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Chapter 15 Global Circulation: Big Picture: Idealized View Ferrel cell Polar cell.

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Presentation on theme: "Chapter 15 Global Circulation: Big Picture: Idealized View Ferrel cell Polar cell."— Presentation transcript:

1 Chapter 15 Global Circulation: Big Picture: Idealized View Ferrel cell Polar cell

2 Fig 1. Earth’s radiation budget What do ‘surplus’ and ‘deficit’ refer to? What wavelength ranges are for shortwave and longwave? What are their sources? What is shortwave in? Why are shortwave absorbed not symmetrical with latitude? At what latitude does most heat and mass transfer occur?

3 Fig 2. 1735, Hadley’s circulation cell idea developed. Ideas: Latent heat release drives convection. Trade winds are Easterlies due to the rotation of the Earth, and he realized it 100 years before Coriolis wrote the theory for motion in a uniformly rotating coordinate system. Main problems: No westerlies anywhere to conserve angular momentum, and the Equator to pole temperature difference is too large.

4 Fig. 3. Rossby theory of circulation, 1930s William Ferrel’s cell idea in 1856: Rossby clarified and explained more completely. Prevailing westerlies at mid latitudes are a wavy river of air, Rossby waves, where the Coriolis force is the restoring force, and strong horizontal gradients of pressure and temperature (baroclinic instabilities – density depends on pressure and temperature). This conceptual model captures many features of the Earth’s circulation. clouds polar front Warm air rides up the colder air doldrums deserts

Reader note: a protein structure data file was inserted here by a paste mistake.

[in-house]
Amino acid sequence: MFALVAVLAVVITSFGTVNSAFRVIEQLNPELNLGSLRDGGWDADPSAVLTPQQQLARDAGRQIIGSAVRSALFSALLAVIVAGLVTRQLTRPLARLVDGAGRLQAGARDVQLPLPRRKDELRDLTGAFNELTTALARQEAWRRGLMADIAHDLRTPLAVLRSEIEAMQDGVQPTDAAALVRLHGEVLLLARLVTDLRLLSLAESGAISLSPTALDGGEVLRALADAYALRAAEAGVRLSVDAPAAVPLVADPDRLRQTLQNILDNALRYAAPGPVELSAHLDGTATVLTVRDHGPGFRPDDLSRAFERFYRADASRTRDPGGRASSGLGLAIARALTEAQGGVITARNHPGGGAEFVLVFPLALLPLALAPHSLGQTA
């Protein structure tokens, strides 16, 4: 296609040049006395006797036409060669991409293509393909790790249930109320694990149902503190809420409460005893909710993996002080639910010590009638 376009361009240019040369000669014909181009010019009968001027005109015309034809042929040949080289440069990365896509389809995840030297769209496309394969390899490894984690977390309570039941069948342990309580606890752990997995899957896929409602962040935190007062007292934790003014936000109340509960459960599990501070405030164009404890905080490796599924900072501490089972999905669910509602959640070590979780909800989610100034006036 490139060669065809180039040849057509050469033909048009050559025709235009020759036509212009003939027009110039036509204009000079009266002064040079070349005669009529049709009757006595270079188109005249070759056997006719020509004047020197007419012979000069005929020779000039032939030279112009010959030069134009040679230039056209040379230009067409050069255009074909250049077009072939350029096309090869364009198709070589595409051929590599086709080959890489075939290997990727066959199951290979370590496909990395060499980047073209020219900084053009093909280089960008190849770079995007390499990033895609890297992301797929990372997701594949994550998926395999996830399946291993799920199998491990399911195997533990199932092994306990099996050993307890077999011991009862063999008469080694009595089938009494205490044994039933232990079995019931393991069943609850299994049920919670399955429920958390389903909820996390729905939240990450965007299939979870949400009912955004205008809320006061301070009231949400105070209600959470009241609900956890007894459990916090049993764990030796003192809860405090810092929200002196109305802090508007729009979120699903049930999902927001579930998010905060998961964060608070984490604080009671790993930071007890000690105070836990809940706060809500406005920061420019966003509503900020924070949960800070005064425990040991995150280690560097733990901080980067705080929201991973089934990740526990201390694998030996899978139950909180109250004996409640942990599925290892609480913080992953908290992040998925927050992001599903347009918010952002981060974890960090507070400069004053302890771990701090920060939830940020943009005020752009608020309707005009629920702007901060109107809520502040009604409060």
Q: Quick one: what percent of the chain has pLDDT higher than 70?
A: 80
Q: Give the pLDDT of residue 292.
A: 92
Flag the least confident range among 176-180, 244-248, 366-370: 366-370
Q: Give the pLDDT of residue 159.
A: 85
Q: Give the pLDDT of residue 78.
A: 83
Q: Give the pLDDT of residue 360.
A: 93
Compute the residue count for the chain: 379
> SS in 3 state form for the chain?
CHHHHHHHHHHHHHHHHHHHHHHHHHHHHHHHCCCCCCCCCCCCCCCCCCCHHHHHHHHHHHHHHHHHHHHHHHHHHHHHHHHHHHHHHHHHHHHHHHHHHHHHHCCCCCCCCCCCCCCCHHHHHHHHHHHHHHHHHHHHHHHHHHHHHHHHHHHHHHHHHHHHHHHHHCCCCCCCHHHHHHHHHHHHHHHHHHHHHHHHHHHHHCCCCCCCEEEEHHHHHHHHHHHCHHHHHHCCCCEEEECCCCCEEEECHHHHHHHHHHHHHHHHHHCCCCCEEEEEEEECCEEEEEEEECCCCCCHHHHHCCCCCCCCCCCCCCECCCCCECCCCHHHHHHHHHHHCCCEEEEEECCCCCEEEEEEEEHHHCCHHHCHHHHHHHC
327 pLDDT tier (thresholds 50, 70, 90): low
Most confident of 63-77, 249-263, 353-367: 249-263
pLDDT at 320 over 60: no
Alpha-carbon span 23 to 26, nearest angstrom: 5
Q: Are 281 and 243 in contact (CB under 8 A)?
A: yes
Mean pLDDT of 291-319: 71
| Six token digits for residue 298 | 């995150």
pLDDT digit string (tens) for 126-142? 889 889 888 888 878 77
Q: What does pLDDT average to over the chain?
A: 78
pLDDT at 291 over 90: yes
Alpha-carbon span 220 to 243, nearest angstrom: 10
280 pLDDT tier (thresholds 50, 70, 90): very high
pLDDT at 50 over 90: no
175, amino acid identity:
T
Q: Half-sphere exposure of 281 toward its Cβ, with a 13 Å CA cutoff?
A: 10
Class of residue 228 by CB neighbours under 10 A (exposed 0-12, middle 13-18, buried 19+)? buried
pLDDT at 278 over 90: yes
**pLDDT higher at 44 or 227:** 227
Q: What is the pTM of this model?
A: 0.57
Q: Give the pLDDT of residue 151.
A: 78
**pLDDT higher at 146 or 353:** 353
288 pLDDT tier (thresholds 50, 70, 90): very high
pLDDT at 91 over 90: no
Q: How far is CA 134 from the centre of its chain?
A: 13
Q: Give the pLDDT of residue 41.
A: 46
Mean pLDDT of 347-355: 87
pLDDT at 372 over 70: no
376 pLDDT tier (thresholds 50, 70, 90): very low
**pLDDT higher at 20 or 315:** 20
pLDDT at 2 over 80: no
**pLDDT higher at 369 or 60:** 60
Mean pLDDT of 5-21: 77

5 Jet Streams (pink) between warm (orange) and cold (blue) regions Jet streams (shown in pink) are well-known examples of thermal wind. They arise from the horizontal temperature gradient from the warm tropics to cold polar regions. From Wikipedia

6 Geostrophic Wind: due to pressure gradient along x direction Barotropic atmosphere (density depends only on pressure) Baroclinic atmosphere (density depends on pressure and temperature) size of temperature symbol represents value. The vertical variation of geostrophic wind in a barotropic atmosphere (a) and in a baroclinic atmosphere (b). The blue portion of the surface denotes a cold region while the orange portion denotes a warm region. Temperature difference is restricted to the boundary in (a) and extends through the region in (b). The dotted lines enclose isobaric surfaces which remain at constant slope with increasing height in (a) and increase in slope with height in (b). This causes thermal wind to occur only in a baroclinic atmosphere. (from Wikipedia) T(z) Thermal wind y y x y y

7 Fig 4a Longitudinally averaged winds (zonal mean) for 20 years on the equinox March 21 st. Westerlies are solid lines. Note jet stream maxima at 200 hPA.

8 Thermal Wind Estimation (will do derivation later)

9 Fig 4b Zonal mean average circulation Dec Jan Feb June July August Note the location of the ITCZ What latitude is cloudiest? What latitude has clear conditions?

10 Fig 4c Zonal mean temperature for 20 years at equinox on March 21 st. Note the strong latitudinal gradient.

11 Fig 7 Lorenz theory of Atmosphere Energy Cycle Energy density (units 10 5 Jm -2 ) Energy flows (Wm -2 ) Key points: Terminology and mechanisms at play. What are APE, KE, and eddies?

12 Barotropic and Baroclinic Atmosphere Barotropic Baroclinic Baroclinic fluid is ‘full of life as it converts thermal energy into kinetic energy’ From Marshall and Plumb

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